I am now finished my final exams for the semester so I have a lot of free time to kill, so the other day I decided to sit on a patio at a busy downtown street and watch the intersection. Intersections are tricky for riders as it is where various users of the road all interact with each other. Statistically, intersections are also where most cycling collisions occur usually as a result of poor visibility or unpredictable behaviour. Below are a few techniques on approaching and navigating an intersection safely.
Approaching an Intersection:
-When approaching a stop sign or a red light glide to the intersection and slowly/gradually apply the brakes to come to a stop. Slamming on the brakes will wear out your tires, brake pads and rims quickly and may result in skidding which is especially dangerous in rainy/snowy conditions.
-Shift down one or two gears as you approach the intersection that way you are in a lower gear ratio when you begin pedaling again. Far too many cyclists stick to the high gear that they were on which means they will be struggling to bring themselves up to speed or they find themselves weaving around to maintain balance while they attempt to gain speed for momentum. Hammering on your pedals to gain speed is not only a waste of energy but can slow you and others behind you.
-If there is a vehicle waiting at the intersection hang back a bit so that you are not in the driver’s blind spot. There’s no point in squeezing beside the driver unless you are making a right turn and it places you in an uncomfortable position as you are boxed in if the driver is attempting to make a right turn. It’s best to either be slightly ahead or behind a vehicle in the same lane as pictured below rather than be caught in their blind spot.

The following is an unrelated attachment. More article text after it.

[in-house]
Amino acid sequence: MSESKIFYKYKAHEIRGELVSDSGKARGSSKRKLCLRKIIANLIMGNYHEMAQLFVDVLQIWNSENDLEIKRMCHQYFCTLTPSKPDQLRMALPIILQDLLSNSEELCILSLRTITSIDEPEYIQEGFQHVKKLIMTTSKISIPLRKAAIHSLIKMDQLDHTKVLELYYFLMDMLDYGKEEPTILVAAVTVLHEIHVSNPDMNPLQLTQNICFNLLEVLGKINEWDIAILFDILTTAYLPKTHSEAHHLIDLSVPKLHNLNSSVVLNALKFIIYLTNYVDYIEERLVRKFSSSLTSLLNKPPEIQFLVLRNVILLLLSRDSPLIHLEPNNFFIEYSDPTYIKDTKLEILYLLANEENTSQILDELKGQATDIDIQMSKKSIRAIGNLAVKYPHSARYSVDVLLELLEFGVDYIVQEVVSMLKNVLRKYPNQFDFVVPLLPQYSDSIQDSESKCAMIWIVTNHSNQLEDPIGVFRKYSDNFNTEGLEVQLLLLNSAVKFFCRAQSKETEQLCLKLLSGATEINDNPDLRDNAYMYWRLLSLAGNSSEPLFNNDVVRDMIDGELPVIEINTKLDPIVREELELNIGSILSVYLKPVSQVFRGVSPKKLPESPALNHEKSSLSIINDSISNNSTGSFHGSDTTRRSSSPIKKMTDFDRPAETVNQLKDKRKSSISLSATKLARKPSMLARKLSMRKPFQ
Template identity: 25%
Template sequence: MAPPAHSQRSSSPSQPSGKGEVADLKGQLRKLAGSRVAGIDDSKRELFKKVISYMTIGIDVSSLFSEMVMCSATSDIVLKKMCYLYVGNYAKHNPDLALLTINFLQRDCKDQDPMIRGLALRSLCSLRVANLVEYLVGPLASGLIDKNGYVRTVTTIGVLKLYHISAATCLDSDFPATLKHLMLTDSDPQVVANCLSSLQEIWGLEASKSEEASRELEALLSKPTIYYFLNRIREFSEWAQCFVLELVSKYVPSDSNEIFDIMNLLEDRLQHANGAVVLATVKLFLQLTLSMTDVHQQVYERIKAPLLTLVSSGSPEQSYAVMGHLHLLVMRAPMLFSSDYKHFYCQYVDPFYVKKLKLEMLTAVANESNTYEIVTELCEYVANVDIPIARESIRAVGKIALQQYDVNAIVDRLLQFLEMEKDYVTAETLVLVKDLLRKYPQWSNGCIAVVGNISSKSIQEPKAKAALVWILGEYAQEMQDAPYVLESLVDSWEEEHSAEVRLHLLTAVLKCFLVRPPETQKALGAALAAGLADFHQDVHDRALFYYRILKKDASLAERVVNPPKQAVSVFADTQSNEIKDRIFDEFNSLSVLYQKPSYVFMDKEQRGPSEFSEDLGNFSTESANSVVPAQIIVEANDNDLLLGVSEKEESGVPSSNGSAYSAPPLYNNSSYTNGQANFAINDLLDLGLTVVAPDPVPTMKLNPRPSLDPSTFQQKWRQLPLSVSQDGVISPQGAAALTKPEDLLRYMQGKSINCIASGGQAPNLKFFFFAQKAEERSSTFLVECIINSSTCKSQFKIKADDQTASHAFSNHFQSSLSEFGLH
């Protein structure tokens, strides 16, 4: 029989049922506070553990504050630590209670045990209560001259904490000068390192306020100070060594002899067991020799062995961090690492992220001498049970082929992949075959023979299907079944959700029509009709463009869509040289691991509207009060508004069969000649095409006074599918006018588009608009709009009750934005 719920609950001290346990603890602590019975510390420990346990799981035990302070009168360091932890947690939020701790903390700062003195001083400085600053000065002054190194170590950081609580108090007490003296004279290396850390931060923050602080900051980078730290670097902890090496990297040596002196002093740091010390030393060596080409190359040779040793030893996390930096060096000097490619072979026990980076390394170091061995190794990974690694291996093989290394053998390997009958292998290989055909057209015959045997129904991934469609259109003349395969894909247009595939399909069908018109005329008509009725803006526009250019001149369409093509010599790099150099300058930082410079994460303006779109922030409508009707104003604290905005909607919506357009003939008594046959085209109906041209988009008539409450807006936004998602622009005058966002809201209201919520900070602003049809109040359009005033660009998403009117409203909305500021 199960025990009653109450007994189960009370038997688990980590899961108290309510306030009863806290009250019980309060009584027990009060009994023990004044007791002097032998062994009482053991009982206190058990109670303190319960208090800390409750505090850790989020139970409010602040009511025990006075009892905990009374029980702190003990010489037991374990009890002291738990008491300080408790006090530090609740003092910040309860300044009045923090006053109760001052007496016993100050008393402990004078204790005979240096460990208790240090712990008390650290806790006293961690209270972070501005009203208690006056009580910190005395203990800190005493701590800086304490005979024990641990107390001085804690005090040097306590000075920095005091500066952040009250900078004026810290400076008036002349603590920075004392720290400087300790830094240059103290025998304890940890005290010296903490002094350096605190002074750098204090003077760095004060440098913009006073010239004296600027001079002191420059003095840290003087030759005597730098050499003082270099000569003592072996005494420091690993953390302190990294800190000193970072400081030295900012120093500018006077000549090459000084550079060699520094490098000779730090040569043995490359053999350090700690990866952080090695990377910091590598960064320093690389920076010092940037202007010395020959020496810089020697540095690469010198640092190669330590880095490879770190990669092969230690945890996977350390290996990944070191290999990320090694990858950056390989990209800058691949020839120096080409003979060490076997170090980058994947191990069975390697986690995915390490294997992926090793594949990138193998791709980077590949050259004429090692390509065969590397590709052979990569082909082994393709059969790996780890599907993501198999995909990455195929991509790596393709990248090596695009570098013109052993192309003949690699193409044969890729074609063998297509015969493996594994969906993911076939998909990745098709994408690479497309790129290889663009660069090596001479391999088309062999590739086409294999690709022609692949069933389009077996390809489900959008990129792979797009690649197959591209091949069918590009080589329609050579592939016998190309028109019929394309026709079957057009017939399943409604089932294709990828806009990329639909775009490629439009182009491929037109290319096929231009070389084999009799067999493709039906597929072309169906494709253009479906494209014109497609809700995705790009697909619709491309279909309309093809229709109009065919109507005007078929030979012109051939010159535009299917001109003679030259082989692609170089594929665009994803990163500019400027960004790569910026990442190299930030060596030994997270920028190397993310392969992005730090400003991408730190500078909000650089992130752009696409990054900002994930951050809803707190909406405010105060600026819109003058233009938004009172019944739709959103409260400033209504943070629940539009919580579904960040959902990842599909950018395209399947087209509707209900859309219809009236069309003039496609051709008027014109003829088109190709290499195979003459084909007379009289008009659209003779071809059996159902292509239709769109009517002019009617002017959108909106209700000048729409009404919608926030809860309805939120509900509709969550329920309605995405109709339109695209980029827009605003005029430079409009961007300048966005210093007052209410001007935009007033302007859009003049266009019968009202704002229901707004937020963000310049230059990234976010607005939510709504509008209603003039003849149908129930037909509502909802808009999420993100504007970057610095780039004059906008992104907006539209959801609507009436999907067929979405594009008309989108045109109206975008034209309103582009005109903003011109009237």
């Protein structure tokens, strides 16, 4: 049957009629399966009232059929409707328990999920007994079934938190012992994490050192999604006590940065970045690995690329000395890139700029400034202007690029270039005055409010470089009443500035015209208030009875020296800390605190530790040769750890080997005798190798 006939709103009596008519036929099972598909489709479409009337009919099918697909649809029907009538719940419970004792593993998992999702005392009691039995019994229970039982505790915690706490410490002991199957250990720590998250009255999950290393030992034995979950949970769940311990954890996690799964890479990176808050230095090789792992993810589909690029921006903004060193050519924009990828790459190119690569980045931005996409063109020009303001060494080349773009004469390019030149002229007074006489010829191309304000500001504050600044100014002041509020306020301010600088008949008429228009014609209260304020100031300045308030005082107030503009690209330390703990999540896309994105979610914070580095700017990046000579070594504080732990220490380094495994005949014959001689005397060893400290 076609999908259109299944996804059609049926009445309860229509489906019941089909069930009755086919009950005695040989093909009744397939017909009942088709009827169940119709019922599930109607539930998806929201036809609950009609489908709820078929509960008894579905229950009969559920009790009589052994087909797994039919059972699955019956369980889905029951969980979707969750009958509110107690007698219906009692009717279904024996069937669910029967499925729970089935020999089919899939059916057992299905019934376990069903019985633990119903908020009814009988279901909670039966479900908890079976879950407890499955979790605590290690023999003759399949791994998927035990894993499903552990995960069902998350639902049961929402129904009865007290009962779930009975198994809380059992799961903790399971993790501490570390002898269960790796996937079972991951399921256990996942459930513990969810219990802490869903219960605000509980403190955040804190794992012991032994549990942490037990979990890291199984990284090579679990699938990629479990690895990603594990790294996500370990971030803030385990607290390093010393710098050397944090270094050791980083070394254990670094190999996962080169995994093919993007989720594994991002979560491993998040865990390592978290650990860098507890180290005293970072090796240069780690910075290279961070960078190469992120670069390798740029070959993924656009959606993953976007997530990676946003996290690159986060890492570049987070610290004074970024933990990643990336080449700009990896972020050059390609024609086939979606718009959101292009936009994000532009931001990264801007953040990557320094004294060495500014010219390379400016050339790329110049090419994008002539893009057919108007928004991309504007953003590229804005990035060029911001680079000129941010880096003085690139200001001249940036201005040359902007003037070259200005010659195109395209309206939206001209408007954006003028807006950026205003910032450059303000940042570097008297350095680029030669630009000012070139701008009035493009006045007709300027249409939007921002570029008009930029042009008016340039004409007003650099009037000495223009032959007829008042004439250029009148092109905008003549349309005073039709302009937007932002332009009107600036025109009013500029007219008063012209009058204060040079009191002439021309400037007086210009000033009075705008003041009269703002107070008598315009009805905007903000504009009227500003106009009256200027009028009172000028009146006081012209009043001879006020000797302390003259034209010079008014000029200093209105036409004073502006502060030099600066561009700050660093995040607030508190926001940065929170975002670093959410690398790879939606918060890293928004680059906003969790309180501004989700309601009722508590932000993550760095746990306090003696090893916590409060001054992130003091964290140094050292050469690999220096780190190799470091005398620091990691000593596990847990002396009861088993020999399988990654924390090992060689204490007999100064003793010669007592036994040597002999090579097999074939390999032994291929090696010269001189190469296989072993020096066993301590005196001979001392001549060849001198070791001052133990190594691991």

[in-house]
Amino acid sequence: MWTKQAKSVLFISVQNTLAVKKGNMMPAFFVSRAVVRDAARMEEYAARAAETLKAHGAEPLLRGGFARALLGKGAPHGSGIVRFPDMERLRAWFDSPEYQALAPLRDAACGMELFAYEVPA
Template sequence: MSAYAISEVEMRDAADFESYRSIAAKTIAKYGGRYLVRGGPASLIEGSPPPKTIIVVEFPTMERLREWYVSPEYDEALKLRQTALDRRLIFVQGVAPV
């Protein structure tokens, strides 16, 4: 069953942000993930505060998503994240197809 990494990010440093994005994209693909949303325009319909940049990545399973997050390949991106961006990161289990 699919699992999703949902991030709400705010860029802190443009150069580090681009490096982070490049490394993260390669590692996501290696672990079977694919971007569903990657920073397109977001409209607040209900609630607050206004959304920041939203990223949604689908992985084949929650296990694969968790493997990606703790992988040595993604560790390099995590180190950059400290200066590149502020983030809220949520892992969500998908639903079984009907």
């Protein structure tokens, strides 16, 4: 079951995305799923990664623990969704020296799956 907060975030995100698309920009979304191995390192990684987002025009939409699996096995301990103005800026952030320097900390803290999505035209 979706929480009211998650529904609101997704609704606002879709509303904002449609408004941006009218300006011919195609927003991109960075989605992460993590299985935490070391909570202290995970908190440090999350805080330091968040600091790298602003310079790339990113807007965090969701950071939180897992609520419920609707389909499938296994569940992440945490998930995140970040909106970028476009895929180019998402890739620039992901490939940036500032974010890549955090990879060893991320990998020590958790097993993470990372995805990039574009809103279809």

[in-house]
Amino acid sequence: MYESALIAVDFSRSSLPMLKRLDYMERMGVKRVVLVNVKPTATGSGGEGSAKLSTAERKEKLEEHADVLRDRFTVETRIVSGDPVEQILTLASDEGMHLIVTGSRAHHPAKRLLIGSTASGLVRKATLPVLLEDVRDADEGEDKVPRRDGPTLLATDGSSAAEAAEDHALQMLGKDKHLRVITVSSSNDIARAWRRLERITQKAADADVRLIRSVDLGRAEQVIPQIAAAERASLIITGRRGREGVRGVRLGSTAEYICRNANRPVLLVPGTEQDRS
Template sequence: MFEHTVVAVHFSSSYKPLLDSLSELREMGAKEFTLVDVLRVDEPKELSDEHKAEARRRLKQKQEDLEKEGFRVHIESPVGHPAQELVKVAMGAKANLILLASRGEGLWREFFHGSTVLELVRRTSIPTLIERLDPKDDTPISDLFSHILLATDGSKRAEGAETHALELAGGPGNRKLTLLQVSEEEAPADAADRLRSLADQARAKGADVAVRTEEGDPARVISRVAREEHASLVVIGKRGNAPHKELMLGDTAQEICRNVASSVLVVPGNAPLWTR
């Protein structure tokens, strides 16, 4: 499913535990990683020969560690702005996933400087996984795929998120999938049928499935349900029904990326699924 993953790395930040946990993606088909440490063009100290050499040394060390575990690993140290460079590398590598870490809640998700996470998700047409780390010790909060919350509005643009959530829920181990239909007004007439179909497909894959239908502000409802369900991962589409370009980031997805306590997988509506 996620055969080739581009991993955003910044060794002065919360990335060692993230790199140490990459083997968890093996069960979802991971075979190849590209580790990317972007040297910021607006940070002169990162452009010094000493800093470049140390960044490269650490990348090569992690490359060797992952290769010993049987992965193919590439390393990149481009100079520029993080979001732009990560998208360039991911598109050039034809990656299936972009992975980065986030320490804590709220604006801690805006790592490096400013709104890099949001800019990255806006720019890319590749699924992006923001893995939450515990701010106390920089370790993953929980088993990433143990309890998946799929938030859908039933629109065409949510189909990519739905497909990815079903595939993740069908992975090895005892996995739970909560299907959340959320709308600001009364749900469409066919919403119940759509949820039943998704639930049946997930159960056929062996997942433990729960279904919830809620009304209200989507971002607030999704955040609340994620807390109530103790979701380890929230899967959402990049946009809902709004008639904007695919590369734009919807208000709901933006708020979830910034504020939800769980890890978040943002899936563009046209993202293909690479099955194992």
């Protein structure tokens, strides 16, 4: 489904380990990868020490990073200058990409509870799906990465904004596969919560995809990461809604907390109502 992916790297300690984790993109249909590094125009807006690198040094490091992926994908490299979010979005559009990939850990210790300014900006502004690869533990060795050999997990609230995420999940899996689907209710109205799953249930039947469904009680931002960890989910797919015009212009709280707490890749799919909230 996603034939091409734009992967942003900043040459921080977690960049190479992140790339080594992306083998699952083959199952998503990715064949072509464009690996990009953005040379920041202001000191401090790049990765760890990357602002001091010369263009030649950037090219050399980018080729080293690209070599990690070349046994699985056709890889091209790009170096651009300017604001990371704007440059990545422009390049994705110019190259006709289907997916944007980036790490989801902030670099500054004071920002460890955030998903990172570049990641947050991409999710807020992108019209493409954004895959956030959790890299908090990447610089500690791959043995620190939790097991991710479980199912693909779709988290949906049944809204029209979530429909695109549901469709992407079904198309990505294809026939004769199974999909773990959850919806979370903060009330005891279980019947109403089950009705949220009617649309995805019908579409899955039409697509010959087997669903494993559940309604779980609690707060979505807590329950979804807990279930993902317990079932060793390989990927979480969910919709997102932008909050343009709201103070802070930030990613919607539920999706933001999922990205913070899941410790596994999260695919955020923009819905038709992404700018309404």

Photo courtesy of the City of Toronto
Waiting at an Intersection:
-Put your left foot down instead of resting your right foot on the curb. It’s very tempting to rest one’s foot on the curb but doing so places your bike closer to the part of the road where debris such as glass accumulates and where there are sewer grates. By putting your left foot down you not only keep some distance away from the curb but it also gives drivers behind you the perception that there is much less space in the lane so they will not be tempted to squeeze beside you. Squeezing is dangerous since you enter their blind spot and vice versa which increases the chance of getting a right-hook.
-Look around you, especially behind you. Take the time to look at what other road users are doing or preparing to do as the driver behind you may be signaling to make a right turn or gun it when the green light shines. Also watch for pedestrians who may be straggling behind while crossing the street or trying to make a bolt for it as the light changes. You are still operating a vehicle even while stopped at a red light so try to be aware especially at an intersection.
Posted: April 28th, 2010
Filed under: How to
Tags: blind spots, cycling techniques, intersections | 8 Comments »